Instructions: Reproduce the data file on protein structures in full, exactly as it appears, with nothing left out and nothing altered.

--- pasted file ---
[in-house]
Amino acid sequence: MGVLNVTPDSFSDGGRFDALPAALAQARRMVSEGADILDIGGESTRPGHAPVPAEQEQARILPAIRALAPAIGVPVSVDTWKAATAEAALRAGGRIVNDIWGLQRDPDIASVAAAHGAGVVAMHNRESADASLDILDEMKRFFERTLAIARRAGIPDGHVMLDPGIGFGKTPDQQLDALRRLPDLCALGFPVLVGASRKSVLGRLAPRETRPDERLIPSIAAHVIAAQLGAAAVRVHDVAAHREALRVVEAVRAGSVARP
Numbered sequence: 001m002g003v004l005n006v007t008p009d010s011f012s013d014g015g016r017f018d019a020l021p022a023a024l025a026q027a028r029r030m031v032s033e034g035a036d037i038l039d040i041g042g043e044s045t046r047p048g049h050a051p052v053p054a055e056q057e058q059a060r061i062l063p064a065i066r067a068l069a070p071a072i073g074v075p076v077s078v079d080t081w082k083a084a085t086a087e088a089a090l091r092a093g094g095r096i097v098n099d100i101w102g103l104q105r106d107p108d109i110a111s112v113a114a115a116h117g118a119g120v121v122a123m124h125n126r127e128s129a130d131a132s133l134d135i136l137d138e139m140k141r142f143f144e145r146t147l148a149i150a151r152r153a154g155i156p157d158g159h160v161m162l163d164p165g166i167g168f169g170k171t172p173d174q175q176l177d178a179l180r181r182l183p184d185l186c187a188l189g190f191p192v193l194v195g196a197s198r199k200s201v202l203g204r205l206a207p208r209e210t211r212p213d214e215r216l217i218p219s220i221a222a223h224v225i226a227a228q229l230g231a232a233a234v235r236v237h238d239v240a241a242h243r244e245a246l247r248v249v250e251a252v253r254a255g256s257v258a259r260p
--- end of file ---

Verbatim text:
[in-house]
Amino acid sequence: MGVLNVTPDSFSDGGRFDALPAALAQARRMVSEGADILDIGGESTRPGHAPVPAEQEQARILPAIRALAPAIGVPVSVDTWKAATAEAALRAGGRIVNDIWGLQRDPDIASVAAAHGAGVVAMHNRESADASLDILDEMKRFFERTLAIARRAGIPDGHVMLDPGIGFGKTPDQQLDALRRLPDLCALGFPVLVGASRKSVLGRLAPRETRPDERLIPSIAAHVIAAQLGAAAVRVHDVAAHREALRVVEAVRAGSVARP
Numbered sequence: 001m002g003v004l005n006v007t008p009d010s011f012s013d014g015g016r017f018d019a020l021p022a023a024l025a026q027a028r029r030m031v032s033e034g035a036d037i038l039d040i041g042g043e044s045t046r047p048g049h050a051p052v053p054a055e056q057e058q059a060r061i062l063p064a065i066r067a068l069a070p071a072i073g074v075p076v077s078v079d080t081w082k083a084a085t086a087e088a089a090l091r092a093g094g095r096i097v098n099d100i101w102g103l104q105r106d107p108d109i110a111s112v113a114a115a116h117g118a119g120v121v122a123m124h125n126r127e128s129a130d131a132s133l134d135i136l137d138e139m140k141r142f143f144e145r146t147l148a149i150a151r152r153a154g155i156p157d158g159h160v161m162l163d164p165g166i167g168f169g170k171t172p173d174q175q176l177d178a179l180r181r182l183p184d185l186c187a188l189g190f191p192v193l194v195g196a197s198r199k200s201v202l203g204r205l206a207p208r209e210t211r212p213d214e215r216l217i218p219s220i221a222a223h224v225i226a227a228q229l230g231a232a233a234v235r236v237h238d239v240a241a242h243r244e245a246l247r248v249v250e251a252v253r254a255g256s257v258a259r260p